by Barry Weisleder – February, 2005
In late January, hotel worker and union activist Emily Tang was fired by the Metropolitan Hotel in Toronto. Emily had been suspended for three months for
violating a policy that bans workers from making public statements about the hotel deemed negative by management. She was targeted as a leader of the MHWC (Metropolitan Hotel Workers Committee), a rank-and-file body formed to challenge unhealthy working conditions and racism by management.
Emily explained to a Toronto Socialist Action forum on June 18, “Our hotel employs about 400 workers. Almost all of us are immigrants and most of us are women. Our employer is abusive and runs a sweatshop. Basic work
place rights are ignored. Legal rest breaks are not provided, yet time for breaks we didn’t get have been deducted from our pay.”
“Workers in housekeeping have had to work with chemicals that leave burns on their bodies and interfere with their breathing. We are forced to lift heavy loads and push huge trolleys that injure us. Perhaps 10 percent of our workers are injured yet the employer never gives modified duties to those with injuries.”
Emily, who suffered an injury on the job herself, went with co-workers to seek the help of their union, UNITE-HERE, formerly the Hotel Employees, Restaurant Employees International Union, Local 75. They found that often grievances are not filed and that “union leaders and reps are on the side of management.”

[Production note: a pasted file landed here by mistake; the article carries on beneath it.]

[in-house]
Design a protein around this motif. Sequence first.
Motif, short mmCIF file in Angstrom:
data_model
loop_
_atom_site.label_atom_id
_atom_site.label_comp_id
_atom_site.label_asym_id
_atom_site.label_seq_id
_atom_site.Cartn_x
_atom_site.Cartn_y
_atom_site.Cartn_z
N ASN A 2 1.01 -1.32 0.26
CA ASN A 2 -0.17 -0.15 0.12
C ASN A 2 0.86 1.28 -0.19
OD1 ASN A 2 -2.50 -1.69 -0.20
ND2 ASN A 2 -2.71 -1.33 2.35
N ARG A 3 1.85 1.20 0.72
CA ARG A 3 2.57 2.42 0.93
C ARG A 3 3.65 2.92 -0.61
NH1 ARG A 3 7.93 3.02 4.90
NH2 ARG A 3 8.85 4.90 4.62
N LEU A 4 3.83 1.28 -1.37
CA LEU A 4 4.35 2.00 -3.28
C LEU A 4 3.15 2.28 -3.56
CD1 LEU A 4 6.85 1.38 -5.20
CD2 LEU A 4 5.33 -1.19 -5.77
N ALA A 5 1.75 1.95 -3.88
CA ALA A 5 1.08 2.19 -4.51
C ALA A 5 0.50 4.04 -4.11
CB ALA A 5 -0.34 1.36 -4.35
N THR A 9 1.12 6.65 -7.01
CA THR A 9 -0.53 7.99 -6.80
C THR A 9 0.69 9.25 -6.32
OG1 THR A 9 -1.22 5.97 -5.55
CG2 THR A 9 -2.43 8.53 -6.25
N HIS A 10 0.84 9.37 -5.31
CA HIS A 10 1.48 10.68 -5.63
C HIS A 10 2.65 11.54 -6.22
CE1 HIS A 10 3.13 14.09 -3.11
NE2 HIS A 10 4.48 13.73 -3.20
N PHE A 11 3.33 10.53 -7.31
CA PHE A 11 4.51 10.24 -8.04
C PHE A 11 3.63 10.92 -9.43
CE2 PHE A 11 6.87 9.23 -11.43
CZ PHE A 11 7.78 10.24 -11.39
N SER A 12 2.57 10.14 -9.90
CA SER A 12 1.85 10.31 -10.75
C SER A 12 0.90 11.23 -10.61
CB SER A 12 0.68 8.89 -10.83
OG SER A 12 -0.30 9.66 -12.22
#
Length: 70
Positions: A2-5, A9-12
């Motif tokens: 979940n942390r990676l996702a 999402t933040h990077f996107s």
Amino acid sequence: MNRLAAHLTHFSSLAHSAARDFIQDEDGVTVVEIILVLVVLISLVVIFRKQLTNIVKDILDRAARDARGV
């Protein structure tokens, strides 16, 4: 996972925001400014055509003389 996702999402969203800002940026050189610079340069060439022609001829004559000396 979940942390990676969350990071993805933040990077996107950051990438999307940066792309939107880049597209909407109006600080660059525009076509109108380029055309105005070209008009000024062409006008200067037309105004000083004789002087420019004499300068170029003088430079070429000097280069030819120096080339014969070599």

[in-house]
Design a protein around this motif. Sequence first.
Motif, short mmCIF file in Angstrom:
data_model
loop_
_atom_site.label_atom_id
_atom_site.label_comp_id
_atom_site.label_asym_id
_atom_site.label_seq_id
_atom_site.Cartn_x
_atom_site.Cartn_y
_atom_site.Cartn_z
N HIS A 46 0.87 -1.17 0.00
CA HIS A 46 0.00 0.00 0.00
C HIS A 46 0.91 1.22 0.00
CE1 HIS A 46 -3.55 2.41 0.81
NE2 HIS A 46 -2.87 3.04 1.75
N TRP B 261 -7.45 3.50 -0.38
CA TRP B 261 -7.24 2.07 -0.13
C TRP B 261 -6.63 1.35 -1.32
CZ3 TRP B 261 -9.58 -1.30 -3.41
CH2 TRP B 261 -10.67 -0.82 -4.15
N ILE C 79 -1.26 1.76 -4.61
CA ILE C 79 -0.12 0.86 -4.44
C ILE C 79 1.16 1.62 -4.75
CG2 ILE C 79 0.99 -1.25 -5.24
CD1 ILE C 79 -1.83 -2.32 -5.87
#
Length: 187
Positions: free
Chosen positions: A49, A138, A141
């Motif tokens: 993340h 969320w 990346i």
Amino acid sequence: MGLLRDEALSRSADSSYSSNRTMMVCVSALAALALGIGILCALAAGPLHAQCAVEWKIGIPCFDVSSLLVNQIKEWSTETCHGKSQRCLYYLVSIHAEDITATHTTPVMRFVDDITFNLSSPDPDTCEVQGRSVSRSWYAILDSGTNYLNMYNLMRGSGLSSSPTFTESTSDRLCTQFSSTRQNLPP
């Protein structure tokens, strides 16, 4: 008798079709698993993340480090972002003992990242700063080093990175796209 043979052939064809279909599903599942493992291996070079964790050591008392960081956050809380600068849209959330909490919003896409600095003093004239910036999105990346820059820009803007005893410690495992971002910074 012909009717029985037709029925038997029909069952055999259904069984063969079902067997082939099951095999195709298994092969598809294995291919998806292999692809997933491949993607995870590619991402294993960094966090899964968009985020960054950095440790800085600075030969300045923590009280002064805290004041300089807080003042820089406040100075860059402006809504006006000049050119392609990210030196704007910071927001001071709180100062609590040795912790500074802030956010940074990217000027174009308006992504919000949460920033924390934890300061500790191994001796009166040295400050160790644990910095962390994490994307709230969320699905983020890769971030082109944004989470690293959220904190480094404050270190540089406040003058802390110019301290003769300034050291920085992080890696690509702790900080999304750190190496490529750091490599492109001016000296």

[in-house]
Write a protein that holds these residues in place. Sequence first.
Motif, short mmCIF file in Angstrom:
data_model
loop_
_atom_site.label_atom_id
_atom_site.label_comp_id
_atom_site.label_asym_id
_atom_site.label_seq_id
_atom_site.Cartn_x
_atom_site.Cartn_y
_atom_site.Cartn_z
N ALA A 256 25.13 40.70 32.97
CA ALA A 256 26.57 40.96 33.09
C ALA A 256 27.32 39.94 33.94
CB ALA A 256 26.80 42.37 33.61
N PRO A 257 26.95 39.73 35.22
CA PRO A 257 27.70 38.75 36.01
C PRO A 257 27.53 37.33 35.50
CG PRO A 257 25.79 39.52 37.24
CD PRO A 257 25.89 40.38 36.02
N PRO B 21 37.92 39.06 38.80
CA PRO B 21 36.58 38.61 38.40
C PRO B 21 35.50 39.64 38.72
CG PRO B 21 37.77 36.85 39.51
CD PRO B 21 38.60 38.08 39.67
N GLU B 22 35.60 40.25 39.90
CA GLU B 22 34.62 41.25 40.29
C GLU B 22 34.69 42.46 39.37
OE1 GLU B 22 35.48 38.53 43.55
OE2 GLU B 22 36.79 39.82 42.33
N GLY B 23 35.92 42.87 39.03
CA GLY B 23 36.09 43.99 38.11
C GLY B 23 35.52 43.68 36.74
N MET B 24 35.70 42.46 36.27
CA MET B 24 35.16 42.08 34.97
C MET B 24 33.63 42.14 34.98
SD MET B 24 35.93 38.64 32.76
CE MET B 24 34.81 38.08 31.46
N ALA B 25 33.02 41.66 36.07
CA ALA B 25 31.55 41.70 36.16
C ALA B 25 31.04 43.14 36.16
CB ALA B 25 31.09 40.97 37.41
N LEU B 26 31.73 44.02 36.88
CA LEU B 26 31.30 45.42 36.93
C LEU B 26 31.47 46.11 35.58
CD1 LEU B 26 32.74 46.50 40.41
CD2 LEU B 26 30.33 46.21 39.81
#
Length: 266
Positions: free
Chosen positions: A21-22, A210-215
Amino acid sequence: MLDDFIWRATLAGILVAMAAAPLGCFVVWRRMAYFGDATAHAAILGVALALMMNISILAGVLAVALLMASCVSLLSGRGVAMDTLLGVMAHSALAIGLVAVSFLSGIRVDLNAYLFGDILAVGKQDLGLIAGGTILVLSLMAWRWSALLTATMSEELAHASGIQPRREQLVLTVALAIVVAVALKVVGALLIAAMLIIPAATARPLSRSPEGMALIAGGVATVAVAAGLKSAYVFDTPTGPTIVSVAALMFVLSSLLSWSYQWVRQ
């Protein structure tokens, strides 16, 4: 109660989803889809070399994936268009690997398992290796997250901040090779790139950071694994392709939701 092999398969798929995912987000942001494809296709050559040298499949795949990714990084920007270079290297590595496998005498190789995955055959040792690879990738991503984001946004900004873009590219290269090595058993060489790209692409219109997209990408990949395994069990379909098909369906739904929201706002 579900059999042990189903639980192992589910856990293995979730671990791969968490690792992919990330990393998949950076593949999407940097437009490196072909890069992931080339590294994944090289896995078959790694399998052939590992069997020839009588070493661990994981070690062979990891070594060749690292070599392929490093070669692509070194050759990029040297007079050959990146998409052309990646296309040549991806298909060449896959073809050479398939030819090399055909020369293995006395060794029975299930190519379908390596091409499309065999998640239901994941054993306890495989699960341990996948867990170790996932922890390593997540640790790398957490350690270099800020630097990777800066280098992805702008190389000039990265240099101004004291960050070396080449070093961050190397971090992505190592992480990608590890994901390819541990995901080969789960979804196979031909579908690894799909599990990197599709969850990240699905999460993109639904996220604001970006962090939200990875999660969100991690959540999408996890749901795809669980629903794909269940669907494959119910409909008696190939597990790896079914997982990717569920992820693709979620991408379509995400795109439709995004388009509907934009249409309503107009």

When the MHWC picketed the hotel with community supporters, set up an information website, and went to the Ontario Ministry of Labour to seek enforcement of health and safety standards, UNITE-HERE bureaucrats
joined with management to organize counter-pickets, drawing on backward workers who openly expressed racist, sexist, and homophobic sentiments through slogans and leaflets.
Union officials did little to oppose increasing harassment and disciplining of union members, much less defend members’ freedom of speech. The union’s
lawyer even urged Emily to abide by management’s gag order following her dismissal.
But efforts to silence the opposition have not succeeded. Within a week of Emily’s firing, over 75 people, including activists from a variety of unions
and community groups, rallied in front of the Metropolitan to serve notice that the fight for justice is far from over.
The MHWC is increasingly turning its attention to the fight for decent representation and democracy within Local 75 (a huge amalgamated local that meets only four times a year), and to working with the Workers’ Solidarity and Union Democracy Coalition to change the direction of the labour movement generally.